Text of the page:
A wildlife biologist may need to determine the carrying capacity of a forest ecosystem for selected species. A general description of the forest will not provide sufficient information to determine the amount of habitat available. The biologist must make a quantitative analysis of plants in the forest. This type of study can provide information regarding the biodiversity of the forest — the types of plants present, their population densities, and their importance.
Data showing the types and sizes of trees in the forest allow the wildlife biologist to determine the forest’s ability to produce mast (acorns and other nuts and fruit that lie on the forest floor), an important source of food for some forest residents. The population density of certain species of shrubs is important when calculating the carrying capacity of the ecosystem for animals that feed on the buds (distinct from mast).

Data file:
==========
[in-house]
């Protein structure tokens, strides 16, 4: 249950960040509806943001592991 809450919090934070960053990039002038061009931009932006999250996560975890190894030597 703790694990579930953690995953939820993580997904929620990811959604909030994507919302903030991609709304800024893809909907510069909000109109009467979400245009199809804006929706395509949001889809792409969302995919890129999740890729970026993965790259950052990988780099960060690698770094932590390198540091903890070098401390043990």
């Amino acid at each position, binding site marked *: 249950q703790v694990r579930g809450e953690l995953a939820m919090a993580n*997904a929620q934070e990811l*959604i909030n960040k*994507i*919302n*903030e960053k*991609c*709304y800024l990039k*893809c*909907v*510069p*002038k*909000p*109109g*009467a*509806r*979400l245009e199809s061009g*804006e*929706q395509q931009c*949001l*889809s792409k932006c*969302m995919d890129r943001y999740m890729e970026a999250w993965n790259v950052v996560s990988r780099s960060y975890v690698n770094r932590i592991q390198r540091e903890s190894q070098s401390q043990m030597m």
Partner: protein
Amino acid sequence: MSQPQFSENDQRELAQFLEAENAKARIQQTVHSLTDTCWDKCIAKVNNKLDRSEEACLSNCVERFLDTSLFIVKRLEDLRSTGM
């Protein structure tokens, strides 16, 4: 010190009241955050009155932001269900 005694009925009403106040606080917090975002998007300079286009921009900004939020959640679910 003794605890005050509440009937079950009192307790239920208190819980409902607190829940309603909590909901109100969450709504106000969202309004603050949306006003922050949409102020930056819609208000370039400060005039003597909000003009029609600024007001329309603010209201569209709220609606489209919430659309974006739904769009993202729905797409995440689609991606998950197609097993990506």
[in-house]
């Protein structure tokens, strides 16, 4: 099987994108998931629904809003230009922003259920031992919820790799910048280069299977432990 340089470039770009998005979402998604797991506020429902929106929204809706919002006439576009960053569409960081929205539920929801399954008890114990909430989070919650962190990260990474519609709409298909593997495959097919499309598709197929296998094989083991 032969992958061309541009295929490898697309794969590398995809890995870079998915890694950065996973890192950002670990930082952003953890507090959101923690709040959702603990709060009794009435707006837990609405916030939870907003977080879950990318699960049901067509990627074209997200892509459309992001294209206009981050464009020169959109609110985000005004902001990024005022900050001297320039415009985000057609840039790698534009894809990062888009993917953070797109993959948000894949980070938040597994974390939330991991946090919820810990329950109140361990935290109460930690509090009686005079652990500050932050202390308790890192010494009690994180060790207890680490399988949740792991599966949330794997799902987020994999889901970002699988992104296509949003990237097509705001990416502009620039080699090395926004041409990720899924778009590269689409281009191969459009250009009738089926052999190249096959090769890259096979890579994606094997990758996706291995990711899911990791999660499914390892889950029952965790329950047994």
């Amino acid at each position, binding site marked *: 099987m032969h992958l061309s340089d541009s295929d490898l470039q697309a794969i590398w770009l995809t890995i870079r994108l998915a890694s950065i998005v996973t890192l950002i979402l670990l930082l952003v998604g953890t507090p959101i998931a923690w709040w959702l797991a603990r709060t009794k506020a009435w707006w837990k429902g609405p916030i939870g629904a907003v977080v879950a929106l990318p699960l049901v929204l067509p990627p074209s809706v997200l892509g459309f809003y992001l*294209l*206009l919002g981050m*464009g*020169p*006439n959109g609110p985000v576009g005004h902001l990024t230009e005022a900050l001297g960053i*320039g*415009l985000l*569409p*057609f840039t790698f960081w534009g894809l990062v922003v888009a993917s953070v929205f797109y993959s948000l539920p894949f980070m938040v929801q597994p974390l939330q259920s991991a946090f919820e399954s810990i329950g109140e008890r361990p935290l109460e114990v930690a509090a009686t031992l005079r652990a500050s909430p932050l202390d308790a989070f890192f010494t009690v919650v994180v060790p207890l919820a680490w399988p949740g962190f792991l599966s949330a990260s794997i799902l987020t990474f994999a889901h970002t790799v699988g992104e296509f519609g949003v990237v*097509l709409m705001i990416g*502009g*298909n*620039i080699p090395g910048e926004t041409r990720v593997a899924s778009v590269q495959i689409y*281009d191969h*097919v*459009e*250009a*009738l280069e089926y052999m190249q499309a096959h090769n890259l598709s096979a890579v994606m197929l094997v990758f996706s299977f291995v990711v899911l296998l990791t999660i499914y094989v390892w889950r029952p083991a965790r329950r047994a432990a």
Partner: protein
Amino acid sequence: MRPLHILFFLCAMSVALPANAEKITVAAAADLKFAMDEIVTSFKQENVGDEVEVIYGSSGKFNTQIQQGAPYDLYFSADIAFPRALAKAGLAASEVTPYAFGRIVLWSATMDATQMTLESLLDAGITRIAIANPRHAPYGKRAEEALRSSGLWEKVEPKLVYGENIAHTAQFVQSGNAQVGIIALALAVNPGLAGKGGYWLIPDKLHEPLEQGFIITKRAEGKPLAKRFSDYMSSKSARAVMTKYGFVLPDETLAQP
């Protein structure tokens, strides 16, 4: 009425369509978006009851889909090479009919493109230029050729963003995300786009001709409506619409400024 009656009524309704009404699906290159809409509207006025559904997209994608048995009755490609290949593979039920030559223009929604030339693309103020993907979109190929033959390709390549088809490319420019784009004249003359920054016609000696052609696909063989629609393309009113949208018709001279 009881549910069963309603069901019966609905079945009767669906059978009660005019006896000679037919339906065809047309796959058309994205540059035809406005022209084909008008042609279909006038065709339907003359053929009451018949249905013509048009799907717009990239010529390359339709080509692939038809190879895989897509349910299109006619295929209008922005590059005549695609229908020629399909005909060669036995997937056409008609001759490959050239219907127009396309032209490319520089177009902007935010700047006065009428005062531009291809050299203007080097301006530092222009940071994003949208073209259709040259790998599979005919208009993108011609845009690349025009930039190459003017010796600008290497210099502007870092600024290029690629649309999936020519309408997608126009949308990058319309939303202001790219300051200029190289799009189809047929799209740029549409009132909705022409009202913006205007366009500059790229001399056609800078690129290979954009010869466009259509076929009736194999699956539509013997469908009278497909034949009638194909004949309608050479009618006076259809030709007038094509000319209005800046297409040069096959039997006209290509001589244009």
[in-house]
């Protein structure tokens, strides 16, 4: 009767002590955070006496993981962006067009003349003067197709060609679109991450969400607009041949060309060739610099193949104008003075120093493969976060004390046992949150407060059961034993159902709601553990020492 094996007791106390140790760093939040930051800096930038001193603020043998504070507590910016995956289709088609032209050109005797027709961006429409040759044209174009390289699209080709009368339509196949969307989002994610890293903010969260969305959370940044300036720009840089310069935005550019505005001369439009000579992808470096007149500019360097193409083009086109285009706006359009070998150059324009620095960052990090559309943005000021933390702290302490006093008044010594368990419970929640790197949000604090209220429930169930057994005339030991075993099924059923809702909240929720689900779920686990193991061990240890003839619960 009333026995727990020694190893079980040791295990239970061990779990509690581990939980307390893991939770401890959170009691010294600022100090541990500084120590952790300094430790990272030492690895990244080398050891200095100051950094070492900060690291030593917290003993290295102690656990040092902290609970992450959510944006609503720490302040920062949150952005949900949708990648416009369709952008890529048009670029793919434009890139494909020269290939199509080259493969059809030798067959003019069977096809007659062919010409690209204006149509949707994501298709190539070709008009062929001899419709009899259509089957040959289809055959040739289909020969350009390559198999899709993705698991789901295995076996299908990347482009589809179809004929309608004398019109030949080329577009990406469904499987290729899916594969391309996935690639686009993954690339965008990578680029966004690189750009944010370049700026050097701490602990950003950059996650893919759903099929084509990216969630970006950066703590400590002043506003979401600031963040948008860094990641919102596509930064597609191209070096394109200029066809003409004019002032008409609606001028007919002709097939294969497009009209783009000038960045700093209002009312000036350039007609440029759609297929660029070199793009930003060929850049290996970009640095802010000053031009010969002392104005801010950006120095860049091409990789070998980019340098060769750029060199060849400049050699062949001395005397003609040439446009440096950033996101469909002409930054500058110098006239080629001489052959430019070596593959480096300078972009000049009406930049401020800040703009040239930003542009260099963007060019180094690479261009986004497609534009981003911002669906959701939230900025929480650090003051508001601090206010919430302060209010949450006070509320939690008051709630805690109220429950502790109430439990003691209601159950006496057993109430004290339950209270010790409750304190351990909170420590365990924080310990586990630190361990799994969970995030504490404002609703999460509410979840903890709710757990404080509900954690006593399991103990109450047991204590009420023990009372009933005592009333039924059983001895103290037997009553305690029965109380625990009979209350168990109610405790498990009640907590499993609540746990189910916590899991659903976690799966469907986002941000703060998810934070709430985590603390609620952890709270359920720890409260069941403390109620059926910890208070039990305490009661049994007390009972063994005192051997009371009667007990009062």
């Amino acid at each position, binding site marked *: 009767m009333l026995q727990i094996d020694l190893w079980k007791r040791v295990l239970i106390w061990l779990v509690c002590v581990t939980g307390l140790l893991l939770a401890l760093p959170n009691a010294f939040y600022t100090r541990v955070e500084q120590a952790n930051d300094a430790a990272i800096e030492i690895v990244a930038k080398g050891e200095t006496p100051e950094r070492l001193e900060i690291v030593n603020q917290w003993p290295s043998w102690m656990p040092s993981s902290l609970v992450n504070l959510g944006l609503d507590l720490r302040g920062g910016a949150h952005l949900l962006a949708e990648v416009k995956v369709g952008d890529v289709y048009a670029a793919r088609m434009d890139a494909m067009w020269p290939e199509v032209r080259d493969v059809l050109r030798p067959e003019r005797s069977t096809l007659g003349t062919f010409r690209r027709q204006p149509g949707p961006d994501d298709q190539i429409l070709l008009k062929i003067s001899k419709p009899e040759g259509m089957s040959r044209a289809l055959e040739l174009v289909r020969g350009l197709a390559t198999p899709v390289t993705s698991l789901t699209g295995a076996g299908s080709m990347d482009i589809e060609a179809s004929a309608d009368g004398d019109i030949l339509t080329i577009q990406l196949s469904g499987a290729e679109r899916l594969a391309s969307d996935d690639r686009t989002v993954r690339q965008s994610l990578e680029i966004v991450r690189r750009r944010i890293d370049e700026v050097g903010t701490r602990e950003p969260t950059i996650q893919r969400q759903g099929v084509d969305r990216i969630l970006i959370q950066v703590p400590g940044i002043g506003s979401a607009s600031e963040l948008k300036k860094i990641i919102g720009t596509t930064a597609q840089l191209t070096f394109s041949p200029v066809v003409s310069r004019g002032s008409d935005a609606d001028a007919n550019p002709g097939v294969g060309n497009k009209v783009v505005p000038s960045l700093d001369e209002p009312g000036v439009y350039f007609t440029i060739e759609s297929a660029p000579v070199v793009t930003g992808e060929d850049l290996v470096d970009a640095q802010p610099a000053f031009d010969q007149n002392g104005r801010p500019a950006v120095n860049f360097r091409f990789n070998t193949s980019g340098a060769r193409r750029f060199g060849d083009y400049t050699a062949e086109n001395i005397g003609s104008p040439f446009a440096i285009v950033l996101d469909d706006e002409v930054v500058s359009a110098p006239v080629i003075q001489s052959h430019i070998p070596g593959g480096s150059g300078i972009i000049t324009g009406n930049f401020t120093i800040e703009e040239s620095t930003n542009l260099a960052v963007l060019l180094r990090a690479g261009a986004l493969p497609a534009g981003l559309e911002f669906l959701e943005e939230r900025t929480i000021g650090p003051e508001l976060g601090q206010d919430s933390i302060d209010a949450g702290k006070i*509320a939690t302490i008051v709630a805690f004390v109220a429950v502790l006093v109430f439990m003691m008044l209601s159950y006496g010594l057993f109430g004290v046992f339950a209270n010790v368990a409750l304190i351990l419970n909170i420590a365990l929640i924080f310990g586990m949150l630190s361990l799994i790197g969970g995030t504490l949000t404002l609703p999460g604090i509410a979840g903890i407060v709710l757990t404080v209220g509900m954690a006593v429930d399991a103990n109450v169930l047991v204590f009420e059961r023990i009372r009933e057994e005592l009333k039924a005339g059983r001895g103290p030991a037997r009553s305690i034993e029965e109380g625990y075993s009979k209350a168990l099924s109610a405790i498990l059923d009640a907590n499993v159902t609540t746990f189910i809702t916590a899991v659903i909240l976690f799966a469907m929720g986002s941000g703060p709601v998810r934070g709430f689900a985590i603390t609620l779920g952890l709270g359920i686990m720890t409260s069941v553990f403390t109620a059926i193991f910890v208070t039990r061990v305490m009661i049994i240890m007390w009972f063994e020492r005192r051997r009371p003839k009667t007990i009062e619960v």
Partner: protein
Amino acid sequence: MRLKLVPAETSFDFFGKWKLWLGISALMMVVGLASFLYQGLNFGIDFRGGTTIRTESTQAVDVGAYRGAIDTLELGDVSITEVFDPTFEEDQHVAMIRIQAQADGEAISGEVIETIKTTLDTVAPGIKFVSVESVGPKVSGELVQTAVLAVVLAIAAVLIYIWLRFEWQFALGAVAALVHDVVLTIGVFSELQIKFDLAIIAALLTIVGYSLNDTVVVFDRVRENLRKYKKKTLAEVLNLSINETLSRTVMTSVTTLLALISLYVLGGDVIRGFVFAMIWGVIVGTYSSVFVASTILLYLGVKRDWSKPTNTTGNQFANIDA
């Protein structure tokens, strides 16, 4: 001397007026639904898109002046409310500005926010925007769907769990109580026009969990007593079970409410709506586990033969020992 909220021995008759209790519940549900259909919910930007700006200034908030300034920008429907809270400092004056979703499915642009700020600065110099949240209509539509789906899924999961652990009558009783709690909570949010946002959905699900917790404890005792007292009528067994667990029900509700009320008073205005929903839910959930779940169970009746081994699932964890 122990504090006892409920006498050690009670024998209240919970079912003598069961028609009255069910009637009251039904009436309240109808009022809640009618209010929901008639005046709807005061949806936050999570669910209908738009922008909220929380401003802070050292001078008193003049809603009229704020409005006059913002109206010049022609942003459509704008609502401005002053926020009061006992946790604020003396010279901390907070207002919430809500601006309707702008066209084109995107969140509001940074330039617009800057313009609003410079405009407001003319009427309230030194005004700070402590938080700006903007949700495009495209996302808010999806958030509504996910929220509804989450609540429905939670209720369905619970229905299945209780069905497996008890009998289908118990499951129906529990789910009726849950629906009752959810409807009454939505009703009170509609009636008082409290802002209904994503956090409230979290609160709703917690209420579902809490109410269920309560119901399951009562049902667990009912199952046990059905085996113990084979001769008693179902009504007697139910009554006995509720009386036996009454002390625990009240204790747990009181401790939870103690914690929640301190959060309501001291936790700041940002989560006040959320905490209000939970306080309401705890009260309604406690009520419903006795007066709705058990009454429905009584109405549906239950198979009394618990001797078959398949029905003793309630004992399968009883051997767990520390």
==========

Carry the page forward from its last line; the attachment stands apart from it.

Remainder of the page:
• Use the point-quarter method to analyze a forest ecosystem.
• Determine the relative density, relative dominance, and relative frequency of trees, shrubs and herbs in the forest ecosystem.
• Identify evidence of animals in the forest ecosystem, and make inferences about the ability of the forest to support a large population of these species.
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This is part of a series of activites on Science in the Environment from No More Boring Science.
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